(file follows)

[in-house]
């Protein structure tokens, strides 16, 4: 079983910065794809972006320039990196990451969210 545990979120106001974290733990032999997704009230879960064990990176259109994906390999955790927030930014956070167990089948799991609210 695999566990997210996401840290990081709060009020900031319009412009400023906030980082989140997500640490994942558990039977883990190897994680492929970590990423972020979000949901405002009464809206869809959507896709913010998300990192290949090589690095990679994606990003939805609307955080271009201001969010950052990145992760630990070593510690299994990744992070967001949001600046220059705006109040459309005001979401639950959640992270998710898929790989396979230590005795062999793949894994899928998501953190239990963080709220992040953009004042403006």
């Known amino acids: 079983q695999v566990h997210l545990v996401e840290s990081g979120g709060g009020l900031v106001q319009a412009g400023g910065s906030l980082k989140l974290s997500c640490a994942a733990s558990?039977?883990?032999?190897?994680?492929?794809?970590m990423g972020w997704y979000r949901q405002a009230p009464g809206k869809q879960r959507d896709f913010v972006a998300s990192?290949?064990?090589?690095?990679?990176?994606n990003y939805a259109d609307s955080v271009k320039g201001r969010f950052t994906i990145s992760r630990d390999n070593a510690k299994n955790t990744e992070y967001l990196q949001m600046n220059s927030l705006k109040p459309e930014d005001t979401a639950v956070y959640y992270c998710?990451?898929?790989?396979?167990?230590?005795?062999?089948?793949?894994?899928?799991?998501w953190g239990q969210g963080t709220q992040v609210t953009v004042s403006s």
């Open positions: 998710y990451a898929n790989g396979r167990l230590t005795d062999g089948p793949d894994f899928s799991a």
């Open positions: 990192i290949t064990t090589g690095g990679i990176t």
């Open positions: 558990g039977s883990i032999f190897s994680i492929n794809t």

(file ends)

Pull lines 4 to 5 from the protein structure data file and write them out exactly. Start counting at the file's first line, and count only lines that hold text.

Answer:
């Open positions: 998710y990451a898929n790989g396979r167990l230590t005795d062999g089948p793949d894994f899928s799991a």
């Open positions: 990192i290949t064990t090589g690095g990679i990176t």